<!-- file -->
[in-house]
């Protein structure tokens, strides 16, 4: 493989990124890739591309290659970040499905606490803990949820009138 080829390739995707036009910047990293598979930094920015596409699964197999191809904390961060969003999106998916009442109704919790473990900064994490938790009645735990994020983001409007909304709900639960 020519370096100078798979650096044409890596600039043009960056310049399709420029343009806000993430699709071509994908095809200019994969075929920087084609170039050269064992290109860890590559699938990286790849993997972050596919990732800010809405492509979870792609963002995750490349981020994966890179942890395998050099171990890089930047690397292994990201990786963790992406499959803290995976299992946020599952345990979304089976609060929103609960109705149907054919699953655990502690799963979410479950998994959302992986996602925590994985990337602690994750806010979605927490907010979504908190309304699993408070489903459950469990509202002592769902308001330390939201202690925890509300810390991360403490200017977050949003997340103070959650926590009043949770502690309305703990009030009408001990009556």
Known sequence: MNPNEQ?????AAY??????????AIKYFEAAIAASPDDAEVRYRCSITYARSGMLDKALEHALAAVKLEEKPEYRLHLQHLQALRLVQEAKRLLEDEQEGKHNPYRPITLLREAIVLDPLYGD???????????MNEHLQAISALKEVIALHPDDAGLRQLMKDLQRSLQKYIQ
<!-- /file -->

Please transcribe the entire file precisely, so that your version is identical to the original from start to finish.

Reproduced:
[in-house]
């Protein structure tokens, strides 16, 4: 493989990124890739591309290659970040499905606490803990949820009138 080829390739995707036009910047990293598979930094920015596409699964197999191809904390961060969003999106998916009442109704919790473990900064994490938790009645735990994020983001409007909304709900639960 020519370096100078798979650096044409890596600039043009960056310049399709420029343009806000993430699709071509994908095809200019994969075929920087084609170039050269064992290109860890590559699938990286790849993997972050596919990732800010809405492509979870792609963002995750490349981020994966890179942890395998050099171990890089930047690397292994990201990786963790992406499959803290995976299992946020599952345990979304089976609060929103609960109705149907054919699953655990502690799963979410479950998994959302992986996602925590994985990337602690994750806010979605927490907010979504908190309304699993408070489903459950469990509202002592769902308001330390939201202690925890509300810390991360403490200017977050949003997340103070959650926590009043949770502690309305703990009030009408001990009556």
Known sequence: MNPNEQ?????AAY??????????AIKYFEAAIAASPDDAEVRYRCSITYARSGMLDKALEHALAAVKLEEKPEYRLHLQHLQALRLVQEAKRLLEDEQEGKHNPYRPITLLREAIVLDPLYGD???????????MNEHLQAISALKEVIALHPDDAGLRQLMKDLQRSLQKYIQ